We recently discussed the morgue soundtracks produced by Scanner for the Raymond Poincare Hospital, in France. We hope it showed how much we love to see exciting, inspirational or innovative ways of marrying space and music.  Now we’ve just discovered that another great of leftfield ambience, Brian Eno, has got his work into a hospital, this time in Hove.

Eno is, of course, no stranger to this kind of work as ‘Music for Airports’ shows. What is different about his compositions for the Montefiore Hospital in Hove is the technology he uses to create music which is non-repetitive and ever changing. This ‘generative music’ has been titled ’77 Million Paintings For Montefiore’, and is designed to actively assist in patients recuperation. We’re sure that anyone who has sat in a hospital waiting room for hours on end will be very thankful for this work, especially since it isn’t a monotonous, endless loop.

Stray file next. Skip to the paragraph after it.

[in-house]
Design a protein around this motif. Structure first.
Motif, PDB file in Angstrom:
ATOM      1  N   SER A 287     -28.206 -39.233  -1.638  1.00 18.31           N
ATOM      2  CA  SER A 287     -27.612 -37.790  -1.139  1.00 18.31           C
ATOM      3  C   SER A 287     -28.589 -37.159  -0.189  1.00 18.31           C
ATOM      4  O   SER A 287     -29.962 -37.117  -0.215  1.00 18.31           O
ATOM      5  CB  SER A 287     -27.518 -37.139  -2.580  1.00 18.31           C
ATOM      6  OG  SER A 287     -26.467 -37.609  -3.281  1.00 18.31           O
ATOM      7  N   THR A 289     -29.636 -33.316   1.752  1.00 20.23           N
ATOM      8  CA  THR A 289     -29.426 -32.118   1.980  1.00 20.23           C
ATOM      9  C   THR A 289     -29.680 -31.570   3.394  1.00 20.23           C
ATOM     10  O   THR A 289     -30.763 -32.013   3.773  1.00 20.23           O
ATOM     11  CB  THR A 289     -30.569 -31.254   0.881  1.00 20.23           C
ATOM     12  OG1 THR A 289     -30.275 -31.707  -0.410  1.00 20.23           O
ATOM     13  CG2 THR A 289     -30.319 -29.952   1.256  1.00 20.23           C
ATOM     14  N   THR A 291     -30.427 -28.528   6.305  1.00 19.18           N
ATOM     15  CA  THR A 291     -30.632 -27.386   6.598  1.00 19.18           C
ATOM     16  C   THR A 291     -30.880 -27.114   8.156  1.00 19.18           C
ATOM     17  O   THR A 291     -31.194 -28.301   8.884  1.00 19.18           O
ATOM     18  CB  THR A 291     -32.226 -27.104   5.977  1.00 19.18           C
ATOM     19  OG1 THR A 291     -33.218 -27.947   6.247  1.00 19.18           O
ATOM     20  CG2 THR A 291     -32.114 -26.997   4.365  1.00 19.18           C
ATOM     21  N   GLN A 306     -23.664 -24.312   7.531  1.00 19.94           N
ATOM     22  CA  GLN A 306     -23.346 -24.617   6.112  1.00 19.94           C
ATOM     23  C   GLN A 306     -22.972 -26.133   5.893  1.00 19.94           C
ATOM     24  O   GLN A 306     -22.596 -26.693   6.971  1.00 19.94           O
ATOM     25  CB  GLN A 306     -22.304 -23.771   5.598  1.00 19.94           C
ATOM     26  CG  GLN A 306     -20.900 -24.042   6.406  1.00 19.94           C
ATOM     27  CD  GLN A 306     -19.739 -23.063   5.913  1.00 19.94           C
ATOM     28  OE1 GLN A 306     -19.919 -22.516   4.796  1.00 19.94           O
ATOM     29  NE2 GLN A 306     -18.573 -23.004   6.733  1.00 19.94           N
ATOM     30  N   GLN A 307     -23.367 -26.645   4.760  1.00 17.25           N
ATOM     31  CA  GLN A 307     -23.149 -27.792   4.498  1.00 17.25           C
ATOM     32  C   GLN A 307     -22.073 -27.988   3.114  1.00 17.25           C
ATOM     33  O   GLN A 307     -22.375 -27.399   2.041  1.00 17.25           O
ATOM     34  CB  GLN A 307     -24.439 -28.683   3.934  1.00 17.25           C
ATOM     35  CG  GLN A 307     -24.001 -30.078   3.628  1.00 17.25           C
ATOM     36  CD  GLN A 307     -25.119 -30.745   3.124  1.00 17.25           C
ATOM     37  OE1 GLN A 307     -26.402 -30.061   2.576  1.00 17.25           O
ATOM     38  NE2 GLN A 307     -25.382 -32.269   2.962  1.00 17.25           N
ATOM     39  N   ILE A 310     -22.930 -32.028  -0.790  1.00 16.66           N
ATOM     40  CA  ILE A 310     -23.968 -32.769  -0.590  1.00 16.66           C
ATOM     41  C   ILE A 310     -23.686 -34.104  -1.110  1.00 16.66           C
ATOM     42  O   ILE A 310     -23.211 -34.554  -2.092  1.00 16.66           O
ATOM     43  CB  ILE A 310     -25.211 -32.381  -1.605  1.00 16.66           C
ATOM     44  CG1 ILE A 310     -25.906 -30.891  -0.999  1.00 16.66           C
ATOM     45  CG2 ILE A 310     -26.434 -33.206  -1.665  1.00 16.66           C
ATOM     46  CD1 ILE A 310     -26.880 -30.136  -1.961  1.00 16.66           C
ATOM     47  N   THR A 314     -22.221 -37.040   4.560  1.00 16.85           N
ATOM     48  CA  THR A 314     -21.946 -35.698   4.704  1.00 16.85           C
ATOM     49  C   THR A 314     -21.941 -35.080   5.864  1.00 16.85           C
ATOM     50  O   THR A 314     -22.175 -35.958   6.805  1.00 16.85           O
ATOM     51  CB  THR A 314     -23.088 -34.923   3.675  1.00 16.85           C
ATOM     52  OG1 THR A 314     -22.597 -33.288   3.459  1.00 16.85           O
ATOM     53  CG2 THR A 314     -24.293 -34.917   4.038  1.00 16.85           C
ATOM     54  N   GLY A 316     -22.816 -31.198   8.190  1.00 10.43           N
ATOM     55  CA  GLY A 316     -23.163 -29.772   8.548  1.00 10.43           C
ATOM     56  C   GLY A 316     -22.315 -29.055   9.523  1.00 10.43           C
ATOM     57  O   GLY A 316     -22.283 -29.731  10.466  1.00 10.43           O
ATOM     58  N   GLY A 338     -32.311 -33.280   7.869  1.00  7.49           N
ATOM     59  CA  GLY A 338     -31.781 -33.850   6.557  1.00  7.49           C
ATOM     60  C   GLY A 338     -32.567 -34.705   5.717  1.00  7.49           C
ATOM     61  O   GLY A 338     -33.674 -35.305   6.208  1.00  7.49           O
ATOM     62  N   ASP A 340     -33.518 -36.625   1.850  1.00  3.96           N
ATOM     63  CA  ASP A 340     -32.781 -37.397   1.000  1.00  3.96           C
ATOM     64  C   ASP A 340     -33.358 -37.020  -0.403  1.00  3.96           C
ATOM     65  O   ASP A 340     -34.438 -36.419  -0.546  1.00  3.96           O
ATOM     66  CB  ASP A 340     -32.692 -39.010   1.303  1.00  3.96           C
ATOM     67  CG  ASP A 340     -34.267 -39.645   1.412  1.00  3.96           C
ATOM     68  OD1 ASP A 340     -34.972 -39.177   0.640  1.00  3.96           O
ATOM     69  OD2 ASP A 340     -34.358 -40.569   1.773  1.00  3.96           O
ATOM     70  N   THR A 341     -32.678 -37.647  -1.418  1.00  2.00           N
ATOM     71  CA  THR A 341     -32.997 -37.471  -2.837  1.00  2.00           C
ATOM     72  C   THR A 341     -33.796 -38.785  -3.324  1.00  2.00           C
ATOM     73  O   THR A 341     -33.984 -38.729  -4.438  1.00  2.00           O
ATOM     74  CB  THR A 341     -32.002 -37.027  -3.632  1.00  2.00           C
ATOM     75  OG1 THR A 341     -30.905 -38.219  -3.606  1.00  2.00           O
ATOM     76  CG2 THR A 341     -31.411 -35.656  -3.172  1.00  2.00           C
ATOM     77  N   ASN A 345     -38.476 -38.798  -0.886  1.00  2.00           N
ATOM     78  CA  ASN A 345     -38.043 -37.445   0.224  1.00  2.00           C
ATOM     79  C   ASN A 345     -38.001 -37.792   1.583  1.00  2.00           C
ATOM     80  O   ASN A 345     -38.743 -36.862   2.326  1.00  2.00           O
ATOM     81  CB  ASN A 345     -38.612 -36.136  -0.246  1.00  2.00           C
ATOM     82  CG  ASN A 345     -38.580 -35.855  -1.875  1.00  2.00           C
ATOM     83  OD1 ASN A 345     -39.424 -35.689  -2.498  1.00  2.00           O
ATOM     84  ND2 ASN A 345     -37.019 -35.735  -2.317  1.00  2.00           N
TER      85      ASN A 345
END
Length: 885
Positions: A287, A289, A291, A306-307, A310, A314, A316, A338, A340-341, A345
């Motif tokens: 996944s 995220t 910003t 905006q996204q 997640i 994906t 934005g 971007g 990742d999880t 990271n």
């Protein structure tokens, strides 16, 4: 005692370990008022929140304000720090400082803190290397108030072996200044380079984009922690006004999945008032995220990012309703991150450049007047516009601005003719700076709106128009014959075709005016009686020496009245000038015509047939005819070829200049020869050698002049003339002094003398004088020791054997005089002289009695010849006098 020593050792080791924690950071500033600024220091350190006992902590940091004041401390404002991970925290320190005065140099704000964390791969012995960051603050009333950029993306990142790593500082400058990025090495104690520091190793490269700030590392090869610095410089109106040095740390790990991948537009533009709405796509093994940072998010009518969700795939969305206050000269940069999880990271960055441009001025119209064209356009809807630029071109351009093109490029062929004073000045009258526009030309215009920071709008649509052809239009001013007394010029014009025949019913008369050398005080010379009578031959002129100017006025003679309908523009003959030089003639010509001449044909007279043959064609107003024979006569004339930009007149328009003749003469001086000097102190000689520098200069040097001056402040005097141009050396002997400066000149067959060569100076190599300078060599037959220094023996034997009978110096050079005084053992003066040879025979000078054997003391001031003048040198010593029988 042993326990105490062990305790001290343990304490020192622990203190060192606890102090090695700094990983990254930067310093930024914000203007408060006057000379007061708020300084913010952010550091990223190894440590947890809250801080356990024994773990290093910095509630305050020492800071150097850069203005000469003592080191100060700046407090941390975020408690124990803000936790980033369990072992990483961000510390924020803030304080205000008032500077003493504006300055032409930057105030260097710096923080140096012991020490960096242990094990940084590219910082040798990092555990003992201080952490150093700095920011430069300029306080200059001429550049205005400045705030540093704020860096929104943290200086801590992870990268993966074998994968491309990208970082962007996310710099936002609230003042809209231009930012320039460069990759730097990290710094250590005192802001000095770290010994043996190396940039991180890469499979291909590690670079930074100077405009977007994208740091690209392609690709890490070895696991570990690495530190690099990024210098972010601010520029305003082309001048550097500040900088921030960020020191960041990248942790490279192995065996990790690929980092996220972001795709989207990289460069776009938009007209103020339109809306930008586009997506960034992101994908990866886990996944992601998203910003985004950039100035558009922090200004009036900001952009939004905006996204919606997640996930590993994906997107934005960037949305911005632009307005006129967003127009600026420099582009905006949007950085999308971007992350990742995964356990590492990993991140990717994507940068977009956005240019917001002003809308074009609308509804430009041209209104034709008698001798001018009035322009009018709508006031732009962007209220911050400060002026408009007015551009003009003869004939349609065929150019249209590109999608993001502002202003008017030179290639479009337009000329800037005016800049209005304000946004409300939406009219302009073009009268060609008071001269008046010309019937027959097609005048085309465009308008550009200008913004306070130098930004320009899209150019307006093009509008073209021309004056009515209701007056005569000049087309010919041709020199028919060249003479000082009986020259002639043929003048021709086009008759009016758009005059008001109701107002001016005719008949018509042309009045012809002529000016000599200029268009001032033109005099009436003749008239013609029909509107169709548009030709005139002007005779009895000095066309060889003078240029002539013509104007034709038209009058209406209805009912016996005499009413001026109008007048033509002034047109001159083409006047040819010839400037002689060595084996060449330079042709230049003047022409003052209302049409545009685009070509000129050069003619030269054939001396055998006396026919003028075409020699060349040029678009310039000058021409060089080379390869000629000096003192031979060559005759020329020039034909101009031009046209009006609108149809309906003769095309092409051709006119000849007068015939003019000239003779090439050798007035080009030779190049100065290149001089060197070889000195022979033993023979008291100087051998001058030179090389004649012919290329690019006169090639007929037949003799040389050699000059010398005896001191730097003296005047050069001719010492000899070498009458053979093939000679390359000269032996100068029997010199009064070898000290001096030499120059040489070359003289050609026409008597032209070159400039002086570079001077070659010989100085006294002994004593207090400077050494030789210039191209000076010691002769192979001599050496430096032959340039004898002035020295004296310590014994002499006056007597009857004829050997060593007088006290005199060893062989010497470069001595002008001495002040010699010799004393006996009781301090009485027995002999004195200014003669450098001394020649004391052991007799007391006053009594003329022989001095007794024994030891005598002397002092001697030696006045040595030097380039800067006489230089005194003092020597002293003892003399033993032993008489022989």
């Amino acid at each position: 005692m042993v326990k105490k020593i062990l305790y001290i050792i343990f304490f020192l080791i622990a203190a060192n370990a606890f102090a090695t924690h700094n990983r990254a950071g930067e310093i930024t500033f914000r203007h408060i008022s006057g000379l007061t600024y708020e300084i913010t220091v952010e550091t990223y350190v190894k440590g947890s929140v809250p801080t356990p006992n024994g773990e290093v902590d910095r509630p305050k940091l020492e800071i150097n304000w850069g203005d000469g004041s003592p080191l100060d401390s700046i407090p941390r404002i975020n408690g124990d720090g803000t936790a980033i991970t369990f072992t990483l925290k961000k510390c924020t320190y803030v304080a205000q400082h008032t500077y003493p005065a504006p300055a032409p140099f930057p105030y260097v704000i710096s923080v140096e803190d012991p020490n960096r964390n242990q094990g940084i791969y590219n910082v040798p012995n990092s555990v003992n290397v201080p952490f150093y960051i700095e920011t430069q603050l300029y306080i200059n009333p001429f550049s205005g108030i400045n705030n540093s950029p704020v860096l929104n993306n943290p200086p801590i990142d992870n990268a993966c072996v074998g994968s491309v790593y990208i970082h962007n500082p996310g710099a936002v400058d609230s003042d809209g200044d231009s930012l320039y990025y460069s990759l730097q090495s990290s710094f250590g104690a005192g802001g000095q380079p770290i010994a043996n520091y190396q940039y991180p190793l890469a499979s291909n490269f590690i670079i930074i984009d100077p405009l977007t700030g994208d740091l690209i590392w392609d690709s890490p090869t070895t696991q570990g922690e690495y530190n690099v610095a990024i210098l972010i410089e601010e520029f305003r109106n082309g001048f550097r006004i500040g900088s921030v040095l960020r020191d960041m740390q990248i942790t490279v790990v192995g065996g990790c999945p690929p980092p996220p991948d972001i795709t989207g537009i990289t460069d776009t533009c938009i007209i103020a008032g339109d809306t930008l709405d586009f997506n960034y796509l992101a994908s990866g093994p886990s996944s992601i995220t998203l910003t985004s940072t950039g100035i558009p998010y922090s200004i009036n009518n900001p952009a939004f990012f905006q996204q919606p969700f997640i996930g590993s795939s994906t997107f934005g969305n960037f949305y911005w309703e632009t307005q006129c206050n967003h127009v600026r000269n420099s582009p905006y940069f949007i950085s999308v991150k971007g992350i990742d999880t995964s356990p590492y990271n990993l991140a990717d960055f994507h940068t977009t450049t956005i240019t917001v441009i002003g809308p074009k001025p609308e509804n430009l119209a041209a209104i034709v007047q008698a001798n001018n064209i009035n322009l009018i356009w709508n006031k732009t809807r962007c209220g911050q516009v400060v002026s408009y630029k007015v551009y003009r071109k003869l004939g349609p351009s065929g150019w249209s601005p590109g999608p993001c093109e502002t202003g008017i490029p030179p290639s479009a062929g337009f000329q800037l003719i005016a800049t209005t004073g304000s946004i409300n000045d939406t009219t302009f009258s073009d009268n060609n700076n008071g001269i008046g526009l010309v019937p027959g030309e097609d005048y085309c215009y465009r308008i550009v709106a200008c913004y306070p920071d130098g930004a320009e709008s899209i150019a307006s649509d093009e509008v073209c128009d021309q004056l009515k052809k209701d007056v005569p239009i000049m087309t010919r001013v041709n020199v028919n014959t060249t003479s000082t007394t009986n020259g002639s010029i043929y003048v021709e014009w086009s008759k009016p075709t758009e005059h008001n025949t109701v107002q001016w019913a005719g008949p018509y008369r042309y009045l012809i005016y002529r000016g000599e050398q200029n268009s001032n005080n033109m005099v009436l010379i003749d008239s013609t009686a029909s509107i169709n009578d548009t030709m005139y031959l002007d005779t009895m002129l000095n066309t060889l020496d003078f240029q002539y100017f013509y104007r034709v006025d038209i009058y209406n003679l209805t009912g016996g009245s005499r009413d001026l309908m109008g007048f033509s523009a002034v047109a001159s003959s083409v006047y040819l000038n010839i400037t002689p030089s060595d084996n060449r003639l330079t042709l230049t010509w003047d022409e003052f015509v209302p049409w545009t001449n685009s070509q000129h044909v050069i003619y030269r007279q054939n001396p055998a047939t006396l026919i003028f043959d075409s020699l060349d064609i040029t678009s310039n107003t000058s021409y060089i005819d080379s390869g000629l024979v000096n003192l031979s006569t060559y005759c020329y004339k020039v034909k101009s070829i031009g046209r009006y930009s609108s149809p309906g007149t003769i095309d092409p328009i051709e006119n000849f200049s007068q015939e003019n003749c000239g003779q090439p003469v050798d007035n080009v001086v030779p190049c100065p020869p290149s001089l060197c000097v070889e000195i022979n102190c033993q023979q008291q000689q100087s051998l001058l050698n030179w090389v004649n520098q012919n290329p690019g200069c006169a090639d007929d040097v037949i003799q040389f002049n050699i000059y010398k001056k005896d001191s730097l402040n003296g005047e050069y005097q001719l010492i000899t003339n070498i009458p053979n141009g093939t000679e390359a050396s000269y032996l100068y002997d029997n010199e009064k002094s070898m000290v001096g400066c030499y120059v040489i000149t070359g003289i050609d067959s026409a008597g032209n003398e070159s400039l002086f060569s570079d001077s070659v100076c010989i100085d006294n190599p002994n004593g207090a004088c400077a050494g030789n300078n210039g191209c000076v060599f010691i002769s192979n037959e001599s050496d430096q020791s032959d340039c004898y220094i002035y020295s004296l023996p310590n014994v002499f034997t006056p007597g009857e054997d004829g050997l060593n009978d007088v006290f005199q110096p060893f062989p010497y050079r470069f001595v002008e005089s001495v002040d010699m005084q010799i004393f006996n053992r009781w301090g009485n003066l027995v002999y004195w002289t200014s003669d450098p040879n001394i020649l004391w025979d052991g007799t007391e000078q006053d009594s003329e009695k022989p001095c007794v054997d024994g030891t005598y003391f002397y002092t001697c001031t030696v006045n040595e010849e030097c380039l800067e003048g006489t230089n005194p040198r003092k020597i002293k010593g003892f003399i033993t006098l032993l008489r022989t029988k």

Unfortunately, unless you do yourself a serious mischief somewhere near Hove, you’re not going to be able to hear this work. Other hospitals are allegedly interested though, and we’d be pretty amused if Eno became available on the NHS.

 

Since we can’t link to these new compositions, we recommend you pull a chair into a nearby hallway, close your finger in a door or stub your toe against the wall and listen to this piece from Eno’s classic, Ambient 1: Music for Airports:

 

http://www.factmag.com/2013/04/19/brian-eno-produces-specially-commissioned-healing-soundscapes-for-hove-hospital/

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